We can’t thank our soldiers and veterans enough for the service they give our country, and when they come home, they deserve to have the best life possible after sacrificing their time and energy. Some of our military personnel placed their lives on the line very day and because of their injuries, today they are they are addicted to the use of narcotic pain killers.
Walter Redd Army Hospital surveyed 2,600 soldiers, anonymously. Here are the results.
• 44 percent reported chronic pain for 3 months after arriving home from Iraq or Afghanistan.
• Soldiers are four times more likely to use prescription narcotics than civilians.
• The primary cause of chronic pain is from combat, and these soldiers are twice as likely to take narcotic painkillers as those who never saw combat.
• Veterans who are diagnosed with PTSD are twice as likely to have chronic pain.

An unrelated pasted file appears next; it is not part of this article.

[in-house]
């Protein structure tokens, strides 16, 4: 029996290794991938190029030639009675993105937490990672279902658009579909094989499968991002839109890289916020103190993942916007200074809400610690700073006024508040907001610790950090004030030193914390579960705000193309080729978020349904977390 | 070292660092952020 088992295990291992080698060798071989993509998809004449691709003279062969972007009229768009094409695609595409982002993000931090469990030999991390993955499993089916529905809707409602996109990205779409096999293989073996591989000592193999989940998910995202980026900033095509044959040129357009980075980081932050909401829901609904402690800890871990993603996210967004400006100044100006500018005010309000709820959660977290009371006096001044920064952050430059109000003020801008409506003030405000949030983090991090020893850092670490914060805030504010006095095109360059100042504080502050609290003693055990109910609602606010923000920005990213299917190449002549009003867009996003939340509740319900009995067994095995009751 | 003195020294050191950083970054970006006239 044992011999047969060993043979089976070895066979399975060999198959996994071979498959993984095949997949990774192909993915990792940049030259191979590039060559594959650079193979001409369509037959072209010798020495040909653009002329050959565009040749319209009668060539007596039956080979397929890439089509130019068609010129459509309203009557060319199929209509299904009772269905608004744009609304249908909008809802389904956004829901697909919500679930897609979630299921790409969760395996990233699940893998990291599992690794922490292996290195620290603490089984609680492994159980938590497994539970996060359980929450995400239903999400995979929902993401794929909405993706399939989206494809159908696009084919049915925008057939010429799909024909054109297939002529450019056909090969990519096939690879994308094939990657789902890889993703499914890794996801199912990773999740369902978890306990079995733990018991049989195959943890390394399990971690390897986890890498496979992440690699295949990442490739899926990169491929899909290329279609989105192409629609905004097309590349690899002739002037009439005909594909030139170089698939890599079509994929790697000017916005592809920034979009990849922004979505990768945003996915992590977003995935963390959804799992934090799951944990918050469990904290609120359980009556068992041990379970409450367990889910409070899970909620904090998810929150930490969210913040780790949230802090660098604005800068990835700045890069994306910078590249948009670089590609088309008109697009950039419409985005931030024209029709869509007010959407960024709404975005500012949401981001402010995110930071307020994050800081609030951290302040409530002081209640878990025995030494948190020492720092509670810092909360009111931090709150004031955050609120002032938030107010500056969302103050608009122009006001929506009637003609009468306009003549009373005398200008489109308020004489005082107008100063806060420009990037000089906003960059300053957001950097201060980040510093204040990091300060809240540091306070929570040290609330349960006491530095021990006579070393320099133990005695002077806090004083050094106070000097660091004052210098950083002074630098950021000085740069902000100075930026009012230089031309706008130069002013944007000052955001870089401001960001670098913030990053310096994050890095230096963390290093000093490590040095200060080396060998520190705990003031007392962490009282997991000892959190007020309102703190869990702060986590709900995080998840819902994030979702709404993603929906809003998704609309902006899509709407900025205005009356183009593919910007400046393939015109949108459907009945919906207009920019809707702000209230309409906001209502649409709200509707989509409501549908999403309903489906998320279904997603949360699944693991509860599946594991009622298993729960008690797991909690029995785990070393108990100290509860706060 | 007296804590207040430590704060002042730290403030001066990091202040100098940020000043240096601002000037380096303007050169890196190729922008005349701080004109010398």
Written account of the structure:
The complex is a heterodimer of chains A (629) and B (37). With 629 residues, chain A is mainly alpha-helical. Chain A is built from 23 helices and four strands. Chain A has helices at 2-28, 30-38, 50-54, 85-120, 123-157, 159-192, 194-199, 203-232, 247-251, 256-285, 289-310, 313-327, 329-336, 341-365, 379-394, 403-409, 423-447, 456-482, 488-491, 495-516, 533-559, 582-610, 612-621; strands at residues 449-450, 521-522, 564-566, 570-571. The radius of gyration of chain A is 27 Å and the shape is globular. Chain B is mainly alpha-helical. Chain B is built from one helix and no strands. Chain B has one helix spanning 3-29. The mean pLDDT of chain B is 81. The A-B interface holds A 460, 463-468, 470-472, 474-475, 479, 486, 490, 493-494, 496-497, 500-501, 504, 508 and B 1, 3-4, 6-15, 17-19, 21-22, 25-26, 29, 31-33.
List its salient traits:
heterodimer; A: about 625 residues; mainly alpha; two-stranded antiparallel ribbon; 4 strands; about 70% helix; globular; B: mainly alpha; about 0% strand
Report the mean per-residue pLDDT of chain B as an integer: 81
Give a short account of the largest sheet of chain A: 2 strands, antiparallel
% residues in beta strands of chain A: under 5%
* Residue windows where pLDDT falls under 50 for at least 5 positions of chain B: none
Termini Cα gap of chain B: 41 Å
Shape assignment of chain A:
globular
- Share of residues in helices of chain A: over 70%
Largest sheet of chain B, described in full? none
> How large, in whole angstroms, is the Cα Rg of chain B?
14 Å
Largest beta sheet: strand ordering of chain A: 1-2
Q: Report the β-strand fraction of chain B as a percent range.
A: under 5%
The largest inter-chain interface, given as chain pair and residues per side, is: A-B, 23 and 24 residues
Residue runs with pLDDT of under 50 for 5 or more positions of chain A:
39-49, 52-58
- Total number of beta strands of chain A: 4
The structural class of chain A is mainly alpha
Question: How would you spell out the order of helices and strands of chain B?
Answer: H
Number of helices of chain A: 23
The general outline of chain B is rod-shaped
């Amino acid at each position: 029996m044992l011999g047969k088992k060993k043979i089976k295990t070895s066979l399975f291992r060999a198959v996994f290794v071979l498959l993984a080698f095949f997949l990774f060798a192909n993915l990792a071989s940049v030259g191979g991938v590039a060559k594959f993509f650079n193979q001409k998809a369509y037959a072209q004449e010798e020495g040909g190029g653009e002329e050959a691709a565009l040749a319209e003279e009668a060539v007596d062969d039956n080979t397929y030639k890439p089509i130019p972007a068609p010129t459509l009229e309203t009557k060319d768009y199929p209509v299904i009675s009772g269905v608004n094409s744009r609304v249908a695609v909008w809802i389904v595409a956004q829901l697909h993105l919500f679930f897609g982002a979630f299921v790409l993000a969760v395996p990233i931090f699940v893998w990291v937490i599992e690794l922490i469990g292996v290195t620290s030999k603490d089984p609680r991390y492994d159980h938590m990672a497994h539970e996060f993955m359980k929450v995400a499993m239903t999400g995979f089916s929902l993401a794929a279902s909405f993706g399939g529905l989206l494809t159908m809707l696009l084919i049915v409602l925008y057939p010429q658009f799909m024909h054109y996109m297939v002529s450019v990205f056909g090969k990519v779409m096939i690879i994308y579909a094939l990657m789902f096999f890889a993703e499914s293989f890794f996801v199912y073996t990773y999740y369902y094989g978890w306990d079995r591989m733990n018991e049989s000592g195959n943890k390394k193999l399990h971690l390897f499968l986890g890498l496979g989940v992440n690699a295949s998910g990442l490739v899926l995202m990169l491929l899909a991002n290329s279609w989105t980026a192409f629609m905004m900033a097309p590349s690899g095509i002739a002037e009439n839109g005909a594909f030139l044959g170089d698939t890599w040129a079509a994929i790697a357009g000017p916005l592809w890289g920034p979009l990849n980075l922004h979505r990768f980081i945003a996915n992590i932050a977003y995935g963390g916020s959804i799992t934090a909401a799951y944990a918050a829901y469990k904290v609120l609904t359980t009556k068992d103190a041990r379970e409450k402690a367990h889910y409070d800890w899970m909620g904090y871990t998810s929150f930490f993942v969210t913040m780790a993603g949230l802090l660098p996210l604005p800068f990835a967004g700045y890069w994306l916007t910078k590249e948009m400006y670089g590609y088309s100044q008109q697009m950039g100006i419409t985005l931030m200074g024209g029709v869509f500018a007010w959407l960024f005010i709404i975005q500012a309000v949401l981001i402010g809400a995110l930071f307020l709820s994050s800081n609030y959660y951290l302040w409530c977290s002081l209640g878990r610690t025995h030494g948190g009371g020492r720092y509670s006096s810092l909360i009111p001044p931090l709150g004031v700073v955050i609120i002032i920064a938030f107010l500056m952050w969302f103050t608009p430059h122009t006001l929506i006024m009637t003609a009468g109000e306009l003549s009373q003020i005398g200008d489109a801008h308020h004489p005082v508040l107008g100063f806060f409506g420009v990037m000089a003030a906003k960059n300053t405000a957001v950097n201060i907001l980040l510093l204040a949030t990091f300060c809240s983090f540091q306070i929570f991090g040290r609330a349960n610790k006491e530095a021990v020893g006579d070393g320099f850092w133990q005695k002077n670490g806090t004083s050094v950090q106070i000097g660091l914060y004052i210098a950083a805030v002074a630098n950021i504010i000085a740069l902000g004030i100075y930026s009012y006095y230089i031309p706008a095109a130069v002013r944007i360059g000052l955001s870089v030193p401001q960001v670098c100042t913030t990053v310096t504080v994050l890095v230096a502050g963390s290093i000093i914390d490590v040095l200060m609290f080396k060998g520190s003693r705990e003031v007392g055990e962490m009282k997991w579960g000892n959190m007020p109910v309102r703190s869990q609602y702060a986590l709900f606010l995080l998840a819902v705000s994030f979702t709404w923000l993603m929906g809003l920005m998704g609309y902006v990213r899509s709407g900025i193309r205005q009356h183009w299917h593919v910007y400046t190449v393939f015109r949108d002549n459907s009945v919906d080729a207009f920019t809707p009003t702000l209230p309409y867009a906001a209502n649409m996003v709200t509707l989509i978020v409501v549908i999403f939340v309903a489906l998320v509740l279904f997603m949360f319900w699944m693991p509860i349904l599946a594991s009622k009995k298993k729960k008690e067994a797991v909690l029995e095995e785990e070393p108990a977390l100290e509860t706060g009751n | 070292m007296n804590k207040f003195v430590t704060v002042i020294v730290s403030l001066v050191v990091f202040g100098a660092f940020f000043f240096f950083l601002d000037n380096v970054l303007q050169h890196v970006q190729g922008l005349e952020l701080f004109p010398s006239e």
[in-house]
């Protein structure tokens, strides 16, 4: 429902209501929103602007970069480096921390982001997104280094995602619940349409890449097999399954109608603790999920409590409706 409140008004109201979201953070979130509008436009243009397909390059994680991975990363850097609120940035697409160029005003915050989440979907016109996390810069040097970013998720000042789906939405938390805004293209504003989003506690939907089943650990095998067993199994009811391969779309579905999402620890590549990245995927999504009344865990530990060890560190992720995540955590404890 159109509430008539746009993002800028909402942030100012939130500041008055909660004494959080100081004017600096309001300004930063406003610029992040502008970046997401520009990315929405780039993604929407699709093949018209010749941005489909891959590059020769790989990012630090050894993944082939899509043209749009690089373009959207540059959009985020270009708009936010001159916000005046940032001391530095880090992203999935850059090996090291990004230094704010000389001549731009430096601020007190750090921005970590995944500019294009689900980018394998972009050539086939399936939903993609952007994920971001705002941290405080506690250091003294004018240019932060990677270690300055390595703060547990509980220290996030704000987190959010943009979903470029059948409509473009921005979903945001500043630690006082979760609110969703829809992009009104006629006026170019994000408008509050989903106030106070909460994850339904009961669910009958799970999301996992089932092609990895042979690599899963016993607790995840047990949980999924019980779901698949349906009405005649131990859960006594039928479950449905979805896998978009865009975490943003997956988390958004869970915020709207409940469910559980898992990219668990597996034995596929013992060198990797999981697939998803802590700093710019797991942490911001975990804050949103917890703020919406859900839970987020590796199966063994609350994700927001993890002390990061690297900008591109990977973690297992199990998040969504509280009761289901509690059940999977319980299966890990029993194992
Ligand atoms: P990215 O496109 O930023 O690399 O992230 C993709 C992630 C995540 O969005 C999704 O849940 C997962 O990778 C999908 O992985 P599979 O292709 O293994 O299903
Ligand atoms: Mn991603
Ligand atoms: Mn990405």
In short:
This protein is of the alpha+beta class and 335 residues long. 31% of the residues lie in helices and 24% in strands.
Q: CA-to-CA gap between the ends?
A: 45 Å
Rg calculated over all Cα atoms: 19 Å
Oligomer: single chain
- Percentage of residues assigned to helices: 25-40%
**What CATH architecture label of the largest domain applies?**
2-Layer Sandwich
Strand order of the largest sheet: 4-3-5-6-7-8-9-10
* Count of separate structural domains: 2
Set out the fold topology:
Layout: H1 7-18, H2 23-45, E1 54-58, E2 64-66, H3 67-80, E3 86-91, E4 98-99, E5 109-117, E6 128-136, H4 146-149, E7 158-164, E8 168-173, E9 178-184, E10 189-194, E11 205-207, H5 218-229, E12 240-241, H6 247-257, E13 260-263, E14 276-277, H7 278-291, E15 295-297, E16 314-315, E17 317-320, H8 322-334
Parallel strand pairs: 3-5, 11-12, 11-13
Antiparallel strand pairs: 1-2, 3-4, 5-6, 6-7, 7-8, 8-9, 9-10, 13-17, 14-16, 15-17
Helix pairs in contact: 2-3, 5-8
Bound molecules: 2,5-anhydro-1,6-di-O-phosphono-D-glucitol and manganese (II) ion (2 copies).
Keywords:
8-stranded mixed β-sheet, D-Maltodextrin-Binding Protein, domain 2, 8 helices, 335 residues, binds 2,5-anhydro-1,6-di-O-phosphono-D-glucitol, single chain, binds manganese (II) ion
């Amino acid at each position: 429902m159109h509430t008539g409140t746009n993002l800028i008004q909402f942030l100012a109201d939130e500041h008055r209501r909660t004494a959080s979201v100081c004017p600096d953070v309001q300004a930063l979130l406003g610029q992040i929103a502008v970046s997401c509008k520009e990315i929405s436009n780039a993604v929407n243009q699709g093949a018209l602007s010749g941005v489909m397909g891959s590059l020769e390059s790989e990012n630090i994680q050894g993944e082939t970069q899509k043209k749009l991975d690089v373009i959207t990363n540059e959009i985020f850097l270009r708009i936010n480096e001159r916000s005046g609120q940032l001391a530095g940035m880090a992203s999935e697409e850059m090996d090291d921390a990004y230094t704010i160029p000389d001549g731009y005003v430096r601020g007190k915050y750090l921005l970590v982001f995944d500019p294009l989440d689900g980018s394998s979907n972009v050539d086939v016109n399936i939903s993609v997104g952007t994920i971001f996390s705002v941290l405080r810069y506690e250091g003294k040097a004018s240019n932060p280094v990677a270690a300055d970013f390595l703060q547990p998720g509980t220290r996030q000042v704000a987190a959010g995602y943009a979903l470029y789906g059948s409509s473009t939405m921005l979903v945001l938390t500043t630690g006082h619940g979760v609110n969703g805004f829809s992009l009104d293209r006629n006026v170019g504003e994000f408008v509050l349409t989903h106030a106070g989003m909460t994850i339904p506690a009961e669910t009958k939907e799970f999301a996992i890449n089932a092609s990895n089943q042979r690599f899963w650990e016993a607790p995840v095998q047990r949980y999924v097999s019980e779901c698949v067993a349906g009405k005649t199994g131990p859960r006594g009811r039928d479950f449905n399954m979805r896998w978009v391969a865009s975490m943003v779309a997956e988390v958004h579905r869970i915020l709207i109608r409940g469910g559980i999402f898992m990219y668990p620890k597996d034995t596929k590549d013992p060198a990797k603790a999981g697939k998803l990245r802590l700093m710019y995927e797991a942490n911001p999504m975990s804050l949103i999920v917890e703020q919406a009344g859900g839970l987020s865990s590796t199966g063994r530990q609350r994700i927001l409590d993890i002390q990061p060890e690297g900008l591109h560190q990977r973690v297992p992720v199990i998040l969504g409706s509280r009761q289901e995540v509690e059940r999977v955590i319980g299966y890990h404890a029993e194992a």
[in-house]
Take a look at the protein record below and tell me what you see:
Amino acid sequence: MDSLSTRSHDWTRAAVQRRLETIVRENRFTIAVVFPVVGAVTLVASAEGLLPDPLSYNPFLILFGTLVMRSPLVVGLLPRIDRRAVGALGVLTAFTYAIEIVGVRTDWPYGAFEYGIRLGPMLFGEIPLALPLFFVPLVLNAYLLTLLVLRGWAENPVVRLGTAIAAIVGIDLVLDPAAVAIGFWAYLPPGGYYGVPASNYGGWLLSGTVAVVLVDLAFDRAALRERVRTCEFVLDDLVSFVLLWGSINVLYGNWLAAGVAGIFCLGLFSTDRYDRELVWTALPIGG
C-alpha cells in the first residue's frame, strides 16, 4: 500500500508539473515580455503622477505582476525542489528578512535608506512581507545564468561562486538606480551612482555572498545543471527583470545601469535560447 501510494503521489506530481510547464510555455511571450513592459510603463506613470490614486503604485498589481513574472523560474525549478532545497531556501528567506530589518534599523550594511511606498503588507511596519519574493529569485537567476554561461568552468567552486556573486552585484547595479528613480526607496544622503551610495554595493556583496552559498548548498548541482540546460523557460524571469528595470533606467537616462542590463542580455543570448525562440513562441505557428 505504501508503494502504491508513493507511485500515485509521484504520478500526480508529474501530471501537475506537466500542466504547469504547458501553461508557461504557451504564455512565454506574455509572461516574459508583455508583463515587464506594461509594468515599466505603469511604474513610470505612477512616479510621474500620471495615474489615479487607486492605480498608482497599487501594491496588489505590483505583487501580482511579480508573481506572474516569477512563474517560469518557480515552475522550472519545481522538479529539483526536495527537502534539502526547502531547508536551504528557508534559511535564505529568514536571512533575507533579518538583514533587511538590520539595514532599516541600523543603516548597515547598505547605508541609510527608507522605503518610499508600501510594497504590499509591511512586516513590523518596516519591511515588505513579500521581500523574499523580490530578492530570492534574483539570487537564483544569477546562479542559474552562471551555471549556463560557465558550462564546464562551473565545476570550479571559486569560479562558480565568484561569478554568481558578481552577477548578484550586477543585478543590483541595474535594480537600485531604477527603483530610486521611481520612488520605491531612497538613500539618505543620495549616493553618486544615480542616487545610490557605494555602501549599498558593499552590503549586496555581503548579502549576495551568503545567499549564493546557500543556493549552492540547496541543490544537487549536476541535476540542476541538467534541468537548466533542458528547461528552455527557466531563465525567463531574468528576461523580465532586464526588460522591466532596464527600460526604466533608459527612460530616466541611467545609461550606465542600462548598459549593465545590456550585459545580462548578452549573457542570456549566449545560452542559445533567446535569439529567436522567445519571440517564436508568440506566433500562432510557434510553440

• 55 percent of Veterans reported they suffered daily pain.
• 48 percent, almost half, said that the pain lasted over a year
The lieutenant in charge of this study noted that many more soldiers go with no treatment whatsoever because of the rampant peer pressure that still believes that showing pain is a sign of weakness.
Researchers lauded the U.S. Department of Defense for considering alternative solutions for pain management including acupuncture, yoga, tai chi and music therapy to enhance or even replace treatment with narcotic painkillers if possible and appropriate.
If you are a veteran struggling with chronic pain and/or painkiller addiction, discuss your treatment with the Veterans Administration, and contact the lawyers at Potter Law Firm concerning veteran’s disability benefits.